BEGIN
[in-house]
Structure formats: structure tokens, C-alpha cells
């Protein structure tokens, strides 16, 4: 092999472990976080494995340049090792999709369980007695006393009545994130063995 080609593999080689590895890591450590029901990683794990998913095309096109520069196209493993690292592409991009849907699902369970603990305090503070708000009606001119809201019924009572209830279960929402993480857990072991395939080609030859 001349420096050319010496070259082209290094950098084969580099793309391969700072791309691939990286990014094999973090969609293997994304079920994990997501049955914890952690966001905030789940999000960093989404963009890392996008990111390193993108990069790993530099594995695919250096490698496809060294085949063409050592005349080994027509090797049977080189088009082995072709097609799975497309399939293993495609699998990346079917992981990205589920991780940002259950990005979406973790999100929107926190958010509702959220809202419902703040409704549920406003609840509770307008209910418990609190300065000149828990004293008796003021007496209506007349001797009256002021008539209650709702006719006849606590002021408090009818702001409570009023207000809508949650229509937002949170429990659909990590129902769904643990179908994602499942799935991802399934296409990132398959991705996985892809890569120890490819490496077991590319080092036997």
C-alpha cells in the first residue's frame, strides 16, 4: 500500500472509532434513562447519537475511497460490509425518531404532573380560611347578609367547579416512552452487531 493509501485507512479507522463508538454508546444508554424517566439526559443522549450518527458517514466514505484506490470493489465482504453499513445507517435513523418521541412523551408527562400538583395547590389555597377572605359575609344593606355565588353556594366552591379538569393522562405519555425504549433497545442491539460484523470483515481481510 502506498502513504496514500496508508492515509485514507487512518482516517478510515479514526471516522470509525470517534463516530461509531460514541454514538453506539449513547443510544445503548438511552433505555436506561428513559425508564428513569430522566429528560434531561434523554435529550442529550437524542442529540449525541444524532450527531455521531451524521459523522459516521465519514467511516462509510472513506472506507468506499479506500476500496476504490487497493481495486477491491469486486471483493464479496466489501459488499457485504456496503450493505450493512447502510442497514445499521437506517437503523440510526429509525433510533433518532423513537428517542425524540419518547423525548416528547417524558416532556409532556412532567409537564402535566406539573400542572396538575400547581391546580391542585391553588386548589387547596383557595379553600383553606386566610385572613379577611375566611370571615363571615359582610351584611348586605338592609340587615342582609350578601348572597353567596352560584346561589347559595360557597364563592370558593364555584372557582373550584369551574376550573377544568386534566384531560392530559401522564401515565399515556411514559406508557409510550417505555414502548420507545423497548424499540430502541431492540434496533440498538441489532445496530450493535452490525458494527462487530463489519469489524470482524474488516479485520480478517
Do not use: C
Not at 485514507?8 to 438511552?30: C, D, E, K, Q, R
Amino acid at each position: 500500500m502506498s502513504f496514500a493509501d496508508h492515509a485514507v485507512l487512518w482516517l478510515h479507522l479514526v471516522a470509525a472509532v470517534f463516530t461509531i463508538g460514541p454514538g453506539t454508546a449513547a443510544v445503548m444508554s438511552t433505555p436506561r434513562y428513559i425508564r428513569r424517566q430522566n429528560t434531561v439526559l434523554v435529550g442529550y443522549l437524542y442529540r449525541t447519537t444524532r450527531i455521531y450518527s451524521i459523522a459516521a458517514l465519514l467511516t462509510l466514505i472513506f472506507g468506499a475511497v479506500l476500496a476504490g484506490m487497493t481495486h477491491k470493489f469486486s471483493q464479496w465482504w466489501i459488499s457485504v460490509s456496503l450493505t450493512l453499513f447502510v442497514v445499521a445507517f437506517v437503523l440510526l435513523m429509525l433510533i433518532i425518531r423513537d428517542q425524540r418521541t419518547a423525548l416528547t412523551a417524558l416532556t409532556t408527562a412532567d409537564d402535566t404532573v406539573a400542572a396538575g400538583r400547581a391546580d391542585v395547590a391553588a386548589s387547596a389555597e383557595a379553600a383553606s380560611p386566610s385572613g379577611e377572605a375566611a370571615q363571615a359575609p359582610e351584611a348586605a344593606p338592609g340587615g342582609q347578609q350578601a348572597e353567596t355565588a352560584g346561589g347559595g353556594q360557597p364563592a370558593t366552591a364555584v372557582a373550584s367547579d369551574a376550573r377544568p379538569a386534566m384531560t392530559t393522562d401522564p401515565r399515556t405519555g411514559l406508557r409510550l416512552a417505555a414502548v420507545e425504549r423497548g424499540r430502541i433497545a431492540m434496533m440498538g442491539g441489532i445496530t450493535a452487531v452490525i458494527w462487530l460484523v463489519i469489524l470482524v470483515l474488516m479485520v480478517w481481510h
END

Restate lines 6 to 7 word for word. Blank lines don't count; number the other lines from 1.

Not at 485514507?8 to 438511552?30: C, D, E, K, Q, R
Amino acid at each position: 500500500m502506498s502513504f496514500a493509501d496508508h492515509a485514507v485507512l487512518w482516517l478510515h479507522l479514526v471516522a470509525a472509532v470517534f463516530t461509531i463508538g460514541p454514538g453506539t454508546a449513547a443510544v445503548m444508554s438511552t433505555p436506561r434513562y428513559i425508564r428513569r424517566q430522566n429528560t434531561v439526559l434523554v435529550g442529550y443522549l437524542y442529540r449525541t447519537t444524532r450527531i455521531y450518527s451524521i459523522a459516521a458517514l465519514l467511516t462509510l466514505i472513506f472506507g468506499a475511497v479506500l476500496a476504490g484506490m487497493t481495486h477491491k470493489f469486486s471483493q464479496w465482504w466489501i459488499s457485504v460490509s456496503l450493505t450493512l453499513f447502510v442497514v445499521a445507517f437506517v437503523l440510526l435513523m429509525l433510533i433518532i425518531r423513537d428517542q425524540r418521541t419518547a423525548l416528547t412523551a417524558l416532556t409532556t408527562a412532567d409537564d402535566t404532573v406539573a400542572a396538575g400538583r400547581a391546580d391542585v395547590a391553588a386548589s387547596a389555597e383557595a379553600a383553606s380560611p386566610s385572613g379577611e377572605a375566611a370571615q363571615a359575609p359582610e351584611a348586605a344593606p338592609g340587615g342582609q347578609q350578601a348572597e353567596t355565588a352560584g346561589g347559595g353556594q360557597p364563592a370558593t366552591a364555584v372557582a373550584s367547579d369551574a376550573r377544568p379538569a386534566m384531560t392530559t393522562d401522564p401515565r399515556t405519555g411514559l406508557r409510550l416512552a417505555a414502548v420507545e425504549r423497548g424499540r430502541i433497545a431492540m434496533m440498538g442491539g441489532i445496530t450493535a452487531v452490525i458494527w462487530l460484523v463489519i469489524l470482524v470483515l474488516m479485520v480478517w481481510h